St. Louis doesn’t need a plane crime surveillance system, but the city will probably get one anyway. Once implemented, it may allow police to overstep your Constitutional rights. A network of technological equipment already monitors St. Louis residents like Big-Brother. “Stingray” devices track smartphones. Stoplight cameras monitor city streets. The Police Department’s Real Time Crime Center scans the city using a wall of monitors with sound feeds and high-profile cameras. RTCC’s remote technology zooms into faces to capture the details. It “hears” shots fired and reads license plates.
Persistent Surveillance Systems is getting closer to adding military-style, plane-mounted cameras to the city’s existing crime-fighting systems. They plan to solve crimes by capturing digital footage of people going about their daily lives. If the mayor approves the pending bill, the city will execute an 18-month service contract. PSS will then implement what they call a “Community Support Program,” but some people will always see them as spy planes.
As a resident, you must get used to the idea of planes circling low overhead. You will understand that you and everyone you know are all potential suspects. You will realize that any one of you has a good chance of a police encounter because there’s always someone watching you.
Your first and fourth amendment rights
Plane-based crime surveillance is a relatively new police department tool. Previously litigated air monitoring civil suits involved unmanned drone surveillance only. Criminal attorneys have focused on illegal and warrantless search defenses and on Fourth Amendment violations. Surprisingly, the courts have not supported this argument. Courts that have heard air surveillance cases have customarily ruled in favor of law enforcement authorities.
A US District Court found that aerial surveillance didn’t violate 4th amendment rights.
A Florida Court decided that aerial searches did not constitute an illegal search.
A California Court ruled that air surveillance simply took advantage of a “public view.”
A Florida Court decided that authorities didn’t need a warrant for an aerial search.
The American Civil Liberties Union vs. air surveillance
The ACLU has fought against the growing interest in police department air surveillance. When the Baltimore Police Department hosted the 2020 Persistent Surveillance Systems pilot program, the ACLU filed a civil suit seeking injunctive relief. The lawsuit alleged that air surveillance planes subjected 600,000 Baltimore residents to “…long-term, wide-area, and indiscriminate surveillance…” They further alleged that air surveillance violated Fourth and First Amendment rights.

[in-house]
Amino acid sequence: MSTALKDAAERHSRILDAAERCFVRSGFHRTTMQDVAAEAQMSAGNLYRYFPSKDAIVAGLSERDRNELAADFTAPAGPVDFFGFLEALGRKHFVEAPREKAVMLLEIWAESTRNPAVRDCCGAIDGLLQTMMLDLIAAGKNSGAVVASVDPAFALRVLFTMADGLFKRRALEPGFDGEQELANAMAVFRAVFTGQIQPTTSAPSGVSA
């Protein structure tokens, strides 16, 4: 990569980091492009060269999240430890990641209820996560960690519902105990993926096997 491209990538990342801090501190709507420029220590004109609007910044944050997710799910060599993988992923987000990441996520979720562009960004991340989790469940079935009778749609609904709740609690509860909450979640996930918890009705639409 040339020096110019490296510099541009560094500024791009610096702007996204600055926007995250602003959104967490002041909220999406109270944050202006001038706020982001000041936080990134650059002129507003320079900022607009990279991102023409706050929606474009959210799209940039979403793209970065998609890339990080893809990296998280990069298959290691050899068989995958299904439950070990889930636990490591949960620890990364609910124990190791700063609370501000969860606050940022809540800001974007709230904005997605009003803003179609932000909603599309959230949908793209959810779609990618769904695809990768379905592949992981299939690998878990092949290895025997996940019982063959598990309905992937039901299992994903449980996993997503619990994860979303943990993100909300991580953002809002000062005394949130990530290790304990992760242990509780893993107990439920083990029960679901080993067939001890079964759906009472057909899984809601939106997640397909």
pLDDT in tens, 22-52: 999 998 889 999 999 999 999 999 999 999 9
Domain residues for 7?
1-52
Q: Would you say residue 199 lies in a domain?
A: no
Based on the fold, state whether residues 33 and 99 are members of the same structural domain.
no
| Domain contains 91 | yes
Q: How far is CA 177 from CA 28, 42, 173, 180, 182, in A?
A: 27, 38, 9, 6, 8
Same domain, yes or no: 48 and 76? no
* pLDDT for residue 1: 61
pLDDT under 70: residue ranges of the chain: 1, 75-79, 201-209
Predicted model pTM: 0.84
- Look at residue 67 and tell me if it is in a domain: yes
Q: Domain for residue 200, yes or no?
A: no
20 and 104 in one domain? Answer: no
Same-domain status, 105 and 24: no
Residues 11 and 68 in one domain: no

The US District Court of Maryland ruled that the program didn’t infringe upon the plaintiff’s expectations of privacy. It didn’t violate their rights. The court also decided that air surveillance met a law enforcement need.
When the Missouri ACLU studied existing surveillance programs, they determined that they targeted communities of color. They have fought to stop the bill that would authorize the Community Support Program contract. The ACLU also pushed Board Bill 95 as a companion law. If passed, it would allow the community to exercise some control over its own surveillance.
The program just went on hold
Like the SLMPD’s Real Time Crime Center, PSS’s air surveillance program depends on private donor contributions. On January 26, 2021, the Texas Philanthropists who funded the Baltimore program for 11 months changed their minds about funding St. Louis’ air surveillance costs. The city won’t pay for the program, but PSS’s owner says that he can find alternate funding.
The program is in limbo right now. Still, air surveillance, in general, presents a genuine obstacle for clients requiring criminal defense. It allows police officers to use non-traditional search methods that circumvent everyone’s civil rights. As it currently stands, the courts support this and other advanced technologies.